23 December 2010

A Day in the Life of a Thousand Years.

My day starts late - around 4pm in the afternoon. I head to my cafe haunt, say hello to everyone, and set up my sketchbook to work. It's outside, on the street, where I can feel the world moving around me, and someone else makes the coffee. I put my headphones on with whatever music is the emotional theme I'm using for the work, and I get into it.

There's a shift from real time and space into the creative zone - while I'm working, I'm still semi-aware of my surroundings, but what I'm really looking for is when everything blends together, in focus, and I can feel myself in total tune with the artistic process.
Even with the music and the cars and the organized chaos of the town, there's a stillness to be found in the center of it all - that's where I want to be while I work, using the energy around me to gain that sense of layers; like moving in a whirlpool, but not being dragged down, just aware of the core experience and the vision, and what I'm looking to achieve with the art. Emotion, thought, imagination and sensory depth become one - everything has a clarity that becomes the central source of the artwork. Total creativity, invention and being. It's a magic moment, everything is simultaneous and I'm a thousand years away, a thousand miles away, and right here, all at once.
And then someone comes over to talk about the problems that they're having with their boyfriend's mother.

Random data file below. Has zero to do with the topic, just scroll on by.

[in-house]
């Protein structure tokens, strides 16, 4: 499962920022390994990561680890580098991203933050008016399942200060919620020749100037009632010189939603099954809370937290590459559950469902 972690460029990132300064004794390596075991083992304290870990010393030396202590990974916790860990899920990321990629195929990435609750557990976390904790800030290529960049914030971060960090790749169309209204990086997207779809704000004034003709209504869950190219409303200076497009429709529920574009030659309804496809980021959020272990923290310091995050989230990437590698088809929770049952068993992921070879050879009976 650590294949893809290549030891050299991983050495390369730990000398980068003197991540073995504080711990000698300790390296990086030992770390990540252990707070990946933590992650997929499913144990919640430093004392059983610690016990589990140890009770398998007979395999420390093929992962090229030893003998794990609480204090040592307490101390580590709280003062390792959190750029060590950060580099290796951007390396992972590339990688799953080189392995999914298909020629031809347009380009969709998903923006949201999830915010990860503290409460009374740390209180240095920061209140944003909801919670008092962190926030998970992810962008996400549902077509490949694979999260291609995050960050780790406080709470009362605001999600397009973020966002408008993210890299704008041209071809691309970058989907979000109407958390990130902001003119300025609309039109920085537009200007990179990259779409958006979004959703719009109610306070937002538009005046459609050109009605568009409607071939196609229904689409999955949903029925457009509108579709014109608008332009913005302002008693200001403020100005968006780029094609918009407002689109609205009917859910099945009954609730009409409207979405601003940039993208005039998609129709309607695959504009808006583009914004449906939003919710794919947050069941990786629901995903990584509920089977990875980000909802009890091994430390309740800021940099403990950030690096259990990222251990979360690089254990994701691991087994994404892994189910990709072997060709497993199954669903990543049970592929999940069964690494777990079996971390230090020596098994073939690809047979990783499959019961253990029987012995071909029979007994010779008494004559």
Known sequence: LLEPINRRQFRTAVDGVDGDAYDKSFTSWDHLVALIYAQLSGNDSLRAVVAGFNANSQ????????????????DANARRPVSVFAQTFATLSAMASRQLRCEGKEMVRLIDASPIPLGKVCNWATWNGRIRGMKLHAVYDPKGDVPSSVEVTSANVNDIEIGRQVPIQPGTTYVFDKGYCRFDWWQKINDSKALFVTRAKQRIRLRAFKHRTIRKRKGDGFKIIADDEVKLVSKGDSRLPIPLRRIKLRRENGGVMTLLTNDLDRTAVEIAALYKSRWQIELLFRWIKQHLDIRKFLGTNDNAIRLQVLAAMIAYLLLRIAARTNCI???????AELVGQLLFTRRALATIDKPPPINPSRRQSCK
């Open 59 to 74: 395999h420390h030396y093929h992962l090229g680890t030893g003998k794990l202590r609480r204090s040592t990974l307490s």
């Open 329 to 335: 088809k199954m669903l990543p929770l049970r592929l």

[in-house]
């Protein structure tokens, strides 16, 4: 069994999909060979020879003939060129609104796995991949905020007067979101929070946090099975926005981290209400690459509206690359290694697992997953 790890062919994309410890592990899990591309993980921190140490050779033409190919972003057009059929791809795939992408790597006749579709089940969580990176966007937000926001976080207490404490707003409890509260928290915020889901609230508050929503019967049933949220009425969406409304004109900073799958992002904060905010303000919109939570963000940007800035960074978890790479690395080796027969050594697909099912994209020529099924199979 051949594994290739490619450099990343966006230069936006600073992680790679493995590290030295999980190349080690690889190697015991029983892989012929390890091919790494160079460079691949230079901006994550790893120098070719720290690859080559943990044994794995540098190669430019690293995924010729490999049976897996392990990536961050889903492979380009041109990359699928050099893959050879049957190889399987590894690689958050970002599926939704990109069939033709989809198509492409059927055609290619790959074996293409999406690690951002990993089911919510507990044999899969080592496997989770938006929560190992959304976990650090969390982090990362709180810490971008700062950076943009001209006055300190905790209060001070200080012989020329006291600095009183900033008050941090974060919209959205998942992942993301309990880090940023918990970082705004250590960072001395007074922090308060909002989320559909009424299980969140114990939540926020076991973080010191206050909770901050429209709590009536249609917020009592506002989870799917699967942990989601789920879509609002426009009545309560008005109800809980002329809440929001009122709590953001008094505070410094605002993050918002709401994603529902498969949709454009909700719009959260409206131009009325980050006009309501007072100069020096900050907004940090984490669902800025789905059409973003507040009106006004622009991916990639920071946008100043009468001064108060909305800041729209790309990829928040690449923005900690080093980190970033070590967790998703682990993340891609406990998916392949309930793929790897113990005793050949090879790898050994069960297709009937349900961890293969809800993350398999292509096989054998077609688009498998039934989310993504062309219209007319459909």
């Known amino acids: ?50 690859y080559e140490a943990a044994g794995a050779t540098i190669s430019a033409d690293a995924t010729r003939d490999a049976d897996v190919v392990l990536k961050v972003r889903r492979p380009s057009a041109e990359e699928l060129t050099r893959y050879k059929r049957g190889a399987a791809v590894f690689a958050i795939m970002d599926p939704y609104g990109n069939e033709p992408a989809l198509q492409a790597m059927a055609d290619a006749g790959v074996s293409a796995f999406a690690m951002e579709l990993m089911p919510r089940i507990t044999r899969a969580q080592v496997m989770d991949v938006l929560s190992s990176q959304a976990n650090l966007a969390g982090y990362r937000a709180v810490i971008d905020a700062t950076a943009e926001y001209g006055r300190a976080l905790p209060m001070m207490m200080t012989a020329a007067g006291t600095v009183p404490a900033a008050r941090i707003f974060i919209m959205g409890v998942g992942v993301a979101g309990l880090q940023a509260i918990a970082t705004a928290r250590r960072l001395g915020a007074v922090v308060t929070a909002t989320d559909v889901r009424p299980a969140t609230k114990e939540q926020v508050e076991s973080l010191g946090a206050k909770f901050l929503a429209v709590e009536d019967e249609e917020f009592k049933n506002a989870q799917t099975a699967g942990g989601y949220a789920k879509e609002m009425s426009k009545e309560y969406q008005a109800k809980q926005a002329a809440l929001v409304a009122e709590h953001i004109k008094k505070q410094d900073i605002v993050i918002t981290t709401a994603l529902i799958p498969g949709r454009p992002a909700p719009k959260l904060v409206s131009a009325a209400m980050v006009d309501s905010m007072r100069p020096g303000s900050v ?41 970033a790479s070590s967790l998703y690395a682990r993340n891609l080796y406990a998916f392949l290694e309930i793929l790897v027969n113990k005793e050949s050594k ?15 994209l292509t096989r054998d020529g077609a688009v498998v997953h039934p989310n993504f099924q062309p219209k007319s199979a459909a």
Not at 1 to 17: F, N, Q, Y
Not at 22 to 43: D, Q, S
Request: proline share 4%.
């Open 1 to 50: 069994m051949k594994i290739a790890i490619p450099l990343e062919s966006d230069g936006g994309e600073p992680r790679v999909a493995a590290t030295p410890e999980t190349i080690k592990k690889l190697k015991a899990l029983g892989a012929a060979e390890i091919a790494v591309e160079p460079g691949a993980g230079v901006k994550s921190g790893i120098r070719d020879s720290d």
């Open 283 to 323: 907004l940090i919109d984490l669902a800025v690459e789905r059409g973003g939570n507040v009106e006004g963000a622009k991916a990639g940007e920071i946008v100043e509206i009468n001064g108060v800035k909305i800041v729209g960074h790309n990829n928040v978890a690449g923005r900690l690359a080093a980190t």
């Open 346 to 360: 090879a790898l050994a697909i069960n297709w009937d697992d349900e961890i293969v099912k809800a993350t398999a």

Hmm.

13 December 2010

Work That Waits

There's only one unfortunate consequence to having a massive imagination - you can't get it all down all at once and do it all justice in a day.


The greatest frustration that I have as an artist is the sense of responsibility that I feel towards the creation of my art - in that, some works only ever live as half-formed, unresolved dreams of a finished image that has yet to be.


With the studio overflowing with such moments of inspiration, (and some of them squalling incoherently for my attention as their god) I ask myself, how do I reconcile myself with this ever-growing civilization of vision and  characterization without going completely barmy over whether or not it is presented to the world in a state of completion and harmony? (Yes, everyone should have my problems....don't worry, I thank the gods every day that I don't live in a cardboard box.)


However, this is the priority of life in art - completion of the work, the final destination being realized and given form, having had life (blood, sweat, tears and possibly coffee) breathed into it, so that it is substance, and not just some colloquial gesture of consumerism devoid of feeling.


The beauty of it is that I get to return to these incomplete works with a different perspective over time - there is something significant in the employment of another emotional energy to art that began somewhere else, and is developed through something new and fresh (and shiny if I'm lucky!). I often discover an angle or avenue in the process that wasn't available to me at the time I started the work, which makes the completion of the artwork a whole other journey entirely. While critical distance is often denied me in these times, this prolonged developmental progress has not only the same effect, but a greater benefit - when the tools and technique are refined over time, there is something new to add to an old image.